Imagine if McLaren told you everything there was to know about its F1 car, or Red Bull’s Adrian Newey took you aside and detailed all his aerodynamic tricks or if Ferrari invited you to have copies of its CAD files. Unthinkable. Bloodhound isn’t a secret project – in fact the plan is to be as open as possible, the aim being to showing students how exciting science and engineering can be. As chief engineer Mark Chapman told us, ‘a key aspect of the Bloodhound mission is to share the adventure – and all the data’. Which is why the team has just released all the technical details for the land speed record car. And we do mean all of them – the document is 43 pages long. OK, so much of it is utterly baffling (it’ll be even worse when they release the CAD data this autumn), but some figures are rather compelling. Here are some highlights.
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At 1000mph these will be rotating at 10304rpm – that’s over 170 times per second and each one weighs 149.3kg. Chapman told us they’re going to be spun tested soon – at the same place that tests main turbine bearings for power stations… Jet Engine
More efficient than you might think, the 1000kg EJ200 chomping through 1.3kg of fuel per second while delivering 60,000 newtons of thrust. Lighting the afterburner spoils things slightly as consumption more than trebles to 4.3kg per second. On the plus side it does deliver another 30,000 newtons.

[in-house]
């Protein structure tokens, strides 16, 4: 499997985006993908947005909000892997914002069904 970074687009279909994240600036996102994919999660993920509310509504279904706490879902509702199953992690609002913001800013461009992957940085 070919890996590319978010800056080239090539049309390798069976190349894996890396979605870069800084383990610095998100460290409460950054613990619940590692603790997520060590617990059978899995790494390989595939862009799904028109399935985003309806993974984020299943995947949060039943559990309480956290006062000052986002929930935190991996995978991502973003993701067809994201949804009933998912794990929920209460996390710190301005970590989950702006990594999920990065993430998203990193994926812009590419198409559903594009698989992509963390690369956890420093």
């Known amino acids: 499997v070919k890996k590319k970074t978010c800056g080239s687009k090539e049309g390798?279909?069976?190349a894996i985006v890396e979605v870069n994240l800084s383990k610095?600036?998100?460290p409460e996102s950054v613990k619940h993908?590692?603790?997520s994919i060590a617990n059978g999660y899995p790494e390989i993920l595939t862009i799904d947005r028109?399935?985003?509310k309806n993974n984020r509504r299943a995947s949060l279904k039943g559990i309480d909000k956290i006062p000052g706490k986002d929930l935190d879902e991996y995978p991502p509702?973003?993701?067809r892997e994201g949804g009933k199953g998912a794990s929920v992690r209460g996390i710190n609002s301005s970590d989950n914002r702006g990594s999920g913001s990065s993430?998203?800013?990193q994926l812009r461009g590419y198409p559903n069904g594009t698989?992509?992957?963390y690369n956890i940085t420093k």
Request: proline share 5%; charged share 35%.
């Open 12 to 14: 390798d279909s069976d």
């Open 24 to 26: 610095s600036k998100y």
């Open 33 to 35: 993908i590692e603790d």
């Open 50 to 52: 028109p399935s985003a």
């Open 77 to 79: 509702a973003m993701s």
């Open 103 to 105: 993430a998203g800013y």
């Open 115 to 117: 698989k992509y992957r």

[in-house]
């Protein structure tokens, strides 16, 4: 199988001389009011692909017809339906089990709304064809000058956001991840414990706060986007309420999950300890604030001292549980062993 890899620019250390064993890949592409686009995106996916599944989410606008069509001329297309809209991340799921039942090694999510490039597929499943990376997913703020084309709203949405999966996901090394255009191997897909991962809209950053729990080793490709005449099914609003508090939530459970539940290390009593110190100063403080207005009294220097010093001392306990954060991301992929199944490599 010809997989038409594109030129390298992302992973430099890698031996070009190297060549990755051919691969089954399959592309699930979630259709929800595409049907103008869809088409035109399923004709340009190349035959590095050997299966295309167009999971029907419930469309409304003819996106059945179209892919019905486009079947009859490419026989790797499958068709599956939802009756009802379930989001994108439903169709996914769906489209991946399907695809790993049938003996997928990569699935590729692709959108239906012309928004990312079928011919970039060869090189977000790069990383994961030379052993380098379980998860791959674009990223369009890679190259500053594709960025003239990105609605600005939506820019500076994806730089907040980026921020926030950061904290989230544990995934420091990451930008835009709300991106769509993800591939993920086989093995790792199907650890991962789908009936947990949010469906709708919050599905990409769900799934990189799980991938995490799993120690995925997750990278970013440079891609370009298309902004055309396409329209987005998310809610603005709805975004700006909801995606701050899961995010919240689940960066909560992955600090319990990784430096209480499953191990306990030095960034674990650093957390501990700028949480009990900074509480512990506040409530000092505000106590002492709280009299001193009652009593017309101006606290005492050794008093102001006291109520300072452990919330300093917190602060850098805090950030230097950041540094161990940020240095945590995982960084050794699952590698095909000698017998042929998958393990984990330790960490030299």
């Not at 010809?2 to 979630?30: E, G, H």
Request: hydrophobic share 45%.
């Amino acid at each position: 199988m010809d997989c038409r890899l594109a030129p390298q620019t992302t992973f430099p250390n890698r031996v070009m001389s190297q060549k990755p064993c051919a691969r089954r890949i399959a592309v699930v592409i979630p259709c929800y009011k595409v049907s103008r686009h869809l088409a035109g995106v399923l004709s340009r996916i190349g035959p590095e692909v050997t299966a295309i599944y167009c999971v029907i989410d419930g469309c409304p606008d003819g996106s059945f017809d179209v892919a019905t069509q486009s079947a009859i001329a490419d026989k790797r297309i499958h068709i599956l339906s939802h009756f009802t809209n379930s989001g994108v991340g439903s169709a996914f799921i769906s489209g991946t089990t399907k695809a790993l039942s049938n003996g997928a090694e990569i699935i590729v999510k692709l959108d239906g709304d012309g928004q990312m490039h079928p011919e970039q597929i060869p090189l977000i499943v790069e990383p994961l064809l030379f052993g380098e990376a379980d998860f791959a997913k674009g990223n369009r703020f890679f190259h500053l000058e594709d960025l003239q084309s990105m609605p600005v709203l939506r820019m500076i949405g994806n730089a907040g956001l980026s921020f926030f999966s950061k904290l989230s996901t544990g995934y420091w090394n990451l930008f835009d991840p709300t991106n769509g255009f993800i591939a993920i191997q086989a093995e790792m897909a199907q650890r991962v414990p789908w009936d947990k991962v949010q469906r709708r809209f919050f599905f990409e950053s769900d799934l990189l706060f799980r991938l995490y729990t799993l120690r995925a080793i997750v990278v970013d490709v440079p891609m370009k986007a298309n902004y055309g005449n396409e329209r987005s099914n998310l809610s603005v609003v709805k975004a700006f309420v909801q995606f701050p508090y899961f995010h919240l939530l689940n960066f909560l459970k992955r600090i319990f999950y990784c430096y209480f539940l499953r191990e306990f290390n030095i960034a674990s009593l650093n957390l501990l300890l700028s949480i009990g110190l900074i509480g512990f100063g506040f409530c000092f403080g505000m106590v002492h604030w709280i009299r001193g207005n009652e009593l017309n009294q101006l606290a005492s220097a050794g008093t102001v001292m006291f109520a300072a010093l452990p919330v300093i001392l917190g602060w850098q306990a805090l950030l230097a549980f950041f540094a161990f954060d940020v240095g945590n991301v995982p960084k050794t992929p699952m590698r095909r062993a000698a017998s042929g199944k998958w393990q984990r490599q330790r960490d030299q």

1130kg of propellant mixes with 963kg of oxidiser which is consumed at a rate of 47.6kg per second. On the plus side, the 3.78 metre long hybrid rocket does deliver 122,000 newtons of thrust.
13.47 metres long is big and 3.0metres is tall, but Bloodhound is only 1900mm wide – not the body, but the whole thing – about the same as a 5-Series. The front track is 800mm, the rear 1760mm and the front overhang is precisely 3429.75mm. The turning circle is 120 metres – or about the same as a Clio V6.
Bloodhound weighs 6422kg, or 4738kg without fluids and driver. We even know how much Andy Green weighs – 92kg with all his kit. Everything is broken down – the parachutes weigh 90kg, the fin that carries all the sponsors names is 75kg etc.
The drag factor is around 1.2Cd depending on speed – against a good family saloon at around 0.3Cd.